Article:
By MELISSA BERRY
Copyright © 2015—All Rights Reserved
Do not publish or post without written permission
The Massachusetts village of Salem lost many innocent lives during the infamous witch-hunting era. The same manufactured delusions brought forth at the witch trials preyed upon a Salisbury, Massachusetts, woman named Mary Perkins Bradbury.* Sentenced to die on September 9, 1692, she must have had a higher power on her side, as she was ultimately spared from that perilous place of no return, the gallows.
Mary was blamed by her accusers long before the hysteria started. A host of personal grudges made her the supernatural scapegoat of a family feud. There was conflict between her and the Carr family; the most venomous was Ann Carr Putnam, a popular instigator of the witch hunts. Carr allies, including the Endicotts, were part of the malicious circle adding fuel to the growing fire.
To add insult to injury, some of the indictments brought against Mary were 20 years old. The superstitious squabble between the two families fed on the hysteria brewing in Salem. At the time of her sentencing, the matriarch was 72 and in delicate health.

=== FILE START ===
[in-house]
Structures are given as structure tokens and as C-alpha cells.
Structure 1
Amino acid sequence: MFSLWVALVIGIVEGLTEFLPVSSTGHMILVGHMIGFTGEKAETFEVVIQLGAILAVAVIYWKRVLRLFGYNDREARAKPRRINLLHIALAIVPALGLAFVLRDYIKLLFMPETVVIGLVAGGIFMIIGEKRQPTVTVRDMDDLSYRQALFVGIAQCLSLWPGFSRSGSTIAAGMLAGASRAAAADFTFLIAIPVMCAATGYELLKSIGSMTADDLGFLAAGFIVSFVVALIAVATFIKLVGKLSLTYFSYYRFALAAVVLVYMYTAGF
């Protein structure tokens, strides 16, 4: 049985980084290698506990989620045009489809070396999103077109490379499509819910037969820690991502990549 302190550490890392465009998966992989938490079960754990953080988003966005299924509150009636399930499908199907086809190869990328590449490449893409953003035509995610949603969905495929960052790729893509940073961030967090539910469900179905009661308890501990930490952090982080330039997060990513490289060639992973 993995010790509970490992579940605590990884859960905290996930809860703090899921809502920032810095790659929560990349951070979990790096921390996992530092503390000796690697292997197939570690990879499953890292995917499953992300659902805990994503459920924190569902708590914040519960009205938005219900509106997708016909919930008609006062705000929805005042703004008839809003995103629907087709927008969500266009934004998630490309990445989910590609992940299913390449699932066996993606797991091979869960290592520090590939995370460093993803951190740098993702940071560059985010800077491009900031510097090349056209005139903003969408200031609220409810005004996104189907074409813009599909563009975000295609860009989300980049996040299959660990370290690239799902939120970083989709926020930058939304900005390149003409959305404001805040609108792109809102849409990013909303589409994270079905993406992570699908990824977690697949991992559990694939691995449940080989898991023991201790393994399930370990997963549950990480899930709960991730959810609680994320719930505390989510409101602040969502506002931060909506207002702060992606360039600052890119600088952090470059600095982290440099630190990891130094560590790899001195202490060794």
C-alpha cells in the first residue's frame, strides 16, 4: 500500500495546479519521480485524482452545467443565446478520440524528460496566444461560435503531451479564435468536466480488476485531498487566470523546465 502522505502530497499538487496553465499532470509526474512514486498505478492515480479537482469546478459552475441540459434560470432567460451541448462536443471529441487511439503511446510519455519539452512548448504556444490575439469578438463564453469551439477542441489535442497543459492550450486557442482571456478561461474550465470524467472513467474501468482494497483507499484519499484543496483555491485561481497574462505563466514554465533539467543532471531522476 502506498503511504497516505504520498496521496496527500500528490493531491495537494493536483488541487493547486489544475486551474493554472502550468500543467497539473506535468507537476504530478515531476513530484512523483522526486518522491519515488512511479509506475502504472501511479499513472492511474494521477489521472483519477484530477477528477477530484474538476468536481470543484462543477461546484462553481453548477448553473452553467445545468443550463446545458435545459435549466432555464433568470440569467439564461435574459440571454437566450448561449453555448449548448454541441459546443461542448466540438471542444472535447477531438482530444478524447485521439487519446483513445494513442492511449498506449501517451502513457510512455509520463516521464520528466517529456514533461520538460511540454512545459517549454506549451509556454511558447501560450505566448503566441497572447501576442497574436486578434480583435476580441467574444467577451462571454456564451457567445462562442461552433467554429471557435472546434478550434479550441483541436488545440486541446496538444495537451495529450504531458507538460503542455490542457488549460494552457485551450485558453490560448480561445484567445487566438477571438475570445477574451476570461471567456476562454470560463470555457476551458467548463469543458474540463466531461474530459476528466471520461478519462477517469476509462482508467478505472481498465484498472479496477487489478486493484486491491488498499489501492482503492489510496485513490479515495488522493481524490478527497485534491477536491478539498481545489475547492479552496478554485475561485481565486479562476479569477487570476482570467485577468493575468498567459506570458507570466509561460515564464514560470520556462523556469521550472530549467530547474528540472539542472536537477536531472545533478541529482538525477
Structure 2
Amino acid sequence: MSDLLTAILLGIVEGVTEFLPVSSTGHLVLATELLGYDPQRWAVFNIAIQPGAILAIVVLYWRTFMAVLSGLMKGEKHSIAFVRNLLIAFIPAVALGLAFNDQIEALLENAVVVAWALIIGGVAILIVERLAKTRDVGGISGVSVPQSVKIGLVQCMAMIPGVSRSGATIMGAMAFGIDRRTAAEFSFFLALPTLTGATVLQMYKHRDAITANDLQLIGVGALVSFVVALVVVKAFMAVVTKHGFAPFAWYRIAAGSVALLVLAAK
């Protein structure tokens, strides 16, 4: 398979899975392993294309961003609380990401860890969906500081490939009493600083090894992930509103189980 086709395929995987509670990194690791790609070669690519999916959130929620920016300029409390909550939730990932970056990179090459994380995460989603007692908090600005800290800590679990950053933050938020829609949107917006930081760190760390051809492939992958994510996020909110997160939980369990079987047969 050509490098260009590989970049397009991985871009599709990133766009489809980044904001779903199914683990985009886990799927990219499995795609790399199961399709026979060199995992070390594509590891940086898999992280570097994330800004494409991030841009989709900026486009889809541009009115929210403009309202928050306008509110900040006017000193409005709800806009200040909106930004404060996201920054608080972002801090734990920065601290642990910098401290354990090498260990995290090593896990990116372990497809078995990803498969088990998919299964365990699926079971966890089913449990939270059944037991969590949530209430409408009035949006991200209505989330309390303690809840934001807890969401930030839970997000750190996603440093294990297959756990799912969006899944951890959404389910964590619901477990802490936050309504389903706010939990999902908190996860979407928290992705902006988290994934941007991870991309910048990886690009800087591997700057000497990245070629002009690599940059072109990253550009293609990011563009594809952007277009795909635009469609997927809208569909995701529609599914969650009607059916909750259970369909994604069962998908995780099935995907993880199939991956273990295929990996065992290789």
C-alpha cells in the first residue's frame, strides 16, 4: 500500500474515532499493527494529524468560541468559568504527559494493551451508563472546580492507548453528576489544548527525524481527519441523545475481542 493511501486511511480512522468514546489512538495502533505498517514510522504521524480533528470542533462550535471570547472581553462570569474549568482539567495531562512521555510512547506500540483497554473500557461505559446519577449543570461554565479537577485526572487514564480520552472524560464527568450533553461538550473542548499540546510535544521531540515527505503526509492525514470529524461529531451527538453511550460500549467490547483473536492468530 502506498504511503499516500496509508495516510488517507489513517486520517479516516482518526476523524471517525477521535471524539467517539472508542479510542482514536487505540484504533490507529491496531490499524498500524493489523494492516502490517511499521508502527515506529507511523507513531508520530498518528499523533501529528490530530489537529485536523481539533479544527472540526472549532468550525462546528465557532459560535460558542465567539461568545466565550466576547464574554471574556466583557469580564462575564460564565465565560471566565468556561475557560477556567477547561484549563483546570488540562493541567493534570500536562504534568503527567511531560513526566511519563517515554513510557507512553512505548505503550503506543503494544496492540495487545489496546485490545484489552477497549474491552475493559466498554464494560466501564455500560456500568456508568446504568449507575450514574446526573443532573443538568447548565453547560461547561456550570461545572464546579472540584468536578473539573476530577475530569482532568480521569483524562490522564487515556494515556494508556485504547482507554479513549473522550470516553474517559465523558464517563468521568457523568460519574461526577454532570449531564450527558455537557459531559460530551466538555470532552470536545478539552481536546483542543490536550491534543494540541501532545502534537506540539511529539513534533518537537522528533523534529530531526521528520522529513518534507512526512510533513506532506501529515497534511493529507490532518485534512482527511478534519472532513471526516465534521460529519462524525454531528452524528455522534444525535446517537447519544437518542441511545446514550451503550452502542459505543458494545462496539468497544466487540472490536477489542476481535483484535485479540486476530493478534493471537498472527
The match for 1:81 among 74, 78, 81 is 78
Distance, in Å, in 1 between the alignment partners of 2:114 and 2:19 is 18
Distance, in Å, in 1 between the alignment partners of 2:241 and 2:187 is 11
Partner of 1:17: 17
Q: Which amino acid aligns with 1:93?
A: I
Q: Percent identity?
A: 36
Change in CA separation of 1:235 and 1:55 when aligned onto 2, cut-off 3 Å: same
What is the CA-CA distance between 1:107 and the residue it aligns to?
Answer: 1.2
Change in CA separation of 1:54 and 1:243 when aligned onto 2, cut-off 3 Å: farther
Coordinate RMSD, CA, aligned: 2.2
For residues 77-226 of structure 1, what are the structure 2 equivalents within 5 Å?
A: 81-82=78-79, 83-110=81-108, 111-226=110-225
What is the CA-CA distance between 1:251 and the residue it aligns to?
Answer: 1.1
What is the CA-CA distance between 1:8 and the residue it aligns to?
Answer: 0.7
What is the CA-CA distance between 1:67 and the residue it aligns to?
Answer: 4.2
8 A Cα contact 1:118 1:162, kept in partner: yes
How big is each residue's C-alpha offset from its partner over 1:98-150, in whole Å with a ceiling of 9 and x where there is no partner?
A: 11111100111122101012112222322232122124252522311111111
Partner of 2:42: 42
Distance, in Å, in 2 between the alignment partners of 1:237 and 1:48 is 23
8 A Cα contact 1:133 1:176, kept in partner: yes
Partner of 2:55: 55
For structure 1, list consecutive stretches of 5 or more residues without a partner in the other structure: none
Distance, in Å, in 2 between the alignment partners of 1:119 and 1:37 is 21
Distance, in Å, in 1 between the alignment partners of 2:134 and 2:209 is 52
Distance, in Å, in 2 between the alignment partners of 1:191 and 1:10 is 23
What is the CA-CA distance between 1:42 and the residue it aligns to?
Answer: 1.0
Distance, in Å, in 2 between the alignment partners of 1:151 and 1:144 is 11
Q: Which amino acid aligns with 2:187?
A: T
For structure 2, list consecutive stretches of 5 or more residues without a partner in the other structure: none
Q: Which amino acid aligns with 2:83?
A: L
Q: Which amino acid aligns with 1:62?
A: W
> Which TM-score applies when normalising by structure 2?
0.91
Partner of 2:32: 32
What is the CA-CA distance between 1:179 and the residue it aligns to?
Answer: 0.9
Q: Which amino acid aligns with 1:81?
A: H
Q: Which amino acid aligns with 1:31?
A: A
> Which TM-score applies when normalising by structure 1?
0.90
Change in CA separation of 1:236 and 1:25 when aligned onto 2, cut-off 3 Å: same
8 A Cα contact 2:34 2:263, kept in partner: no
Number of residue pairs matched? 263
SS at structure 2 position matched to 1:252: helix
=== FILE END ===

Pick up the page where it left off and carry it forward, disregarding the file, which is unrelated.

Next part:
The tribal wars between the two families were sparked when Mary passed over an offer of marriage from George Carr and married Thomas Bradbury.
Mary and Thomas were, by all accounts, pillars of the community. Martin Hollick, a reference librarian, genealogist and ninth-great-grandson of Mary (Perkins) Bradbury, has identified Thomas as a “man of prominence in the colony who came from a landed family and his mother, Elizabeth Whitgift, niece of John Whitgift, the Archbishop of Canterbury under Elizabeth I.” Thomas was the land agent for Sir Fernando Gorges, a relative, who controlled much of what is today York County, Maine. Thomas was the deputy to the General Court for seven years.